During the fourth quarter, Warren produced 226,000 barrels of oil and 394 million cubic feet of gas. Increased oil production primarily resulted from growth through the drill bit at our WTU in California.

The average realized sales prices for fourth quarter of 2007 were $79.32 per barrel, which included a $1.33 per barrel hedge loss and $4.56 per Mcf compared to 2006 prices of $49.76 per barrel and $5.79 per Mcf.

Total expenses increased 74% to $16.1 million during the fourth quarter of 2007 compared to 2006. DD&A and lease operating expense increased by 94% and 58% respectively, primarily due to increases in production. Additionally, general and administrative expense increased as we continued to hire more qualified personnel to support our growth in operations.

Regarding the full year 2007 results, 2007 was a record year for us. Net income increased 83% to $11.1 million during 2007 compared to 2006. Total revenues for 2007 increased 71% to $62 million compared to the prior year. Oil and gas sales increased 90% to $59 million and production increased 64% to 6.2 billion cubic feet of gas equivalent or 17 million cubic feet per day. The average realized sales prices for 2007 were $64.60 per barrel, and $4.81 per Mcf compared to 2006 prices of $55.36 per barrel, and $5.73 per Mcf.

For 2007, net cash provided by operating activities increased 122% to $28 million, compared to 2006 cash flow from operations of $13 million. As of year end the company had borrowed $46 million under its $250 million credit facility. As of December 31st, we had $23 million in current assets. Our current borrowing base and option totals $125 million, which left us availability of $79 million as of December 31. We plan on funding our 2008 capital expenditures budget with our senior credit facility, cash flow from operations and existing cash on hand. We expect another borrowing base increase on or about April 1, 2008.

We reported first quarter and full year production guidance in our press release dated February 5 2008. Our full year 2008 oil production guidance of from 1.2 million barrels to 1.4 million barrels anticipates resolving the gas flair limitation issue with Southern California Air Quality Management District during the second quarter of 2008. We also anticipate having two active drilling rigs during the last three quarters of 2008. If these events do not occur, oil production maybe negatively affected.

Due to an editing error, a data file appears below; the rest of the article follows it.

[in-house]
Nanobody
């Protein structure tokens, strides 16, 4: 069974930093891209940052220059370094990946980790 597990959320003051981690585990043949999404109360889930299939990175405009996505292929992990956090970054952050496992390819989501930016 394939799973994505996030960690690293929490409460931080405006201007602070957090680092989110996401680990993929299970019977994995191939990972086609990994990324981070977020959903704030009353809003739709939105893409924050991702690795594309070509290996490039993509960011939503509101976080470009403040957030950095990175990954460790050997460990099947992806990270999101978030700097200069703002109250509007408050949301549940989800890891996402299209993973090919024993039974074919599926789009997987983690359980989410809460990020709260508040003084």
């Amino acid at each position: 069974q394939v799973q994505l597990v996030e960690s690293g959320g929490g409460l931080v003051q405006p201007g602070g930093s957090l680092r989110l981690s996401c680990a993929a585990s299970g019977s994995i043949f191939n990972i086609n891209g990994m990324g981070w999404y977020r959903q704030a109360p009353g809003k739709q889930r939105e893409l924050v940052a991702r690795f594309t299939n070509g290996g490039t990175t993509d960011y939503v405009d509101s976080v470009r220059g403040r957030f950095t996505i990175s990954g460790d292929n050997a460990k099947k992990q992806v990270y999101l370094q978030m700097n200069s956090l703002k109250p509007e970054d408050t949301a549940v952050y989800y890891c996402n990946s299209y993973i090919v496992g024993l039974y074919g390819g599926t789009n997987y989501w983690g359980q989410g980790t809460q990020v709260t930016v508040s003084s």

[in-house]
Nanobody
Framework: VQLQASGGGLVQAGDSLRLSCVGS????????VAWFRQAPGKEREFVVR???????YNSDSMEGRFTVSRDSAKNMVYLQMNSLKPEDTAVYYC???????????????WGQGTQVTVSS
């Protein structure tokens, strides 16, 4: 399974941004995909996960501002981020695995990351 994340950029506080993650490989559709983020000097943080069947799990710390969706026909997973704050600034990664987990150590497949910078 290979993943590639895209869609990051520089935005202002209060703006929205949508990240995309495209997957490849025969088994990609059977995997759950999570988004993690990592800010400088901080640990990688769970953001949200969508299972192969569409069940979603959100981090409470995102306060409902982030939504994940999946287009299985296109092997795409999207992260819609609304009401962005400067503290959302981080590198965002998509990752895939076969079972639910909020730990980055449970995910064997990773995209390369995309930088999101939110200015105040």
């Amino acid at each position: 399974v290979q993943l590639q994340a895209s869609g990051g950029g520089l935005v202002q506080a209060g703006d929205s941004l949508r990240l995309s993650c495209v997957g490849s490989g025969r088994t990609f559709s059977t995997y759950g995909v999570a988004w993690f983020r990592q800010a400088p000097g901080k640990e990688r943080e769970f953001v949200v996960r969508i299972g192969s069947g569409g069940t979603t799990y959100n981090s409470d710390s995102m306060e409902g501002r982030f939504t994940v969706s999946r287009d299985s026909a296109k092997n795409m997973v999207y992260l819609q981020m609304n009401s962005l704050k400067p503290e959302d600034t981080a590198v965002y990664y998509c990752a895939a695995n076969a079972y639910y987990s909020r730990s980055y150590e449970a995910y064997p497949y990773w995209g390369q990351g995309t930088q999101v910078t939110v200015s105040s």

Now, let me turn the microphone over to Norman who will provide you with a brief operational update.

Norman Swanton

Thanks, Tim. Based on our reported fourth quarter 2007 and year-over-year growth in production, PDP reserves, and financial results I believe that despite certain challenges we’ve accomplished, we provided a detailed operational update in our fourth quarter and full year 2007 earnings release this morning. So today I’d like review our outlook for 2008 focusing on our two core operating areas: the Wilmington oil field in California and the Atlantic Rim coal bed methane project in Wyoming.

In the Wilmington Townlot Unit (WTU) we had to limit oil production since the fourth quarter of 2007 due to lack of daily trucking availability, facilities constraints and gas flare limitations. On the trucking problem, we fully expect that this bottleneck will be eliminated in mid-March 2008 once a new 10-inch crude oil pipeline is completed and activated.

This pipeline connects the oil-shipping meter at the WTU with a receiving oil meter at the nearby Conoco Phillips oil refinery. Additionally in February 2008 a 400-foot crude oil connecting pipeline was connected to and is fully operational between our NWU shipping meter and the Conoco Phillips refinery.

On facilities issues, we plan to complete the construction phase of the drillings project and complete other infrastructure improvement in the WTU by the end of the first quarter of 2008. There will be additional lighter work to be completed primarily related to electrical issues later in 2008. This should facilitate increased production, eliminate the impacts from construction activities and improve the timing of drilling and completion activities at the WTU. Warren has one drilling rig operating in the WTU central facility and plans to add a second drilling rig later in 2008.

Limitations covering the level of flared natural gas produced at the WTU has resulted in curtailment of between 300 and 500 barrels of oil per day at the WTU. Previously, in order not to exceed permitted flare gas levels, we acquired six micro turbines for the WTU to convert some of the produced natural gas to electric generation.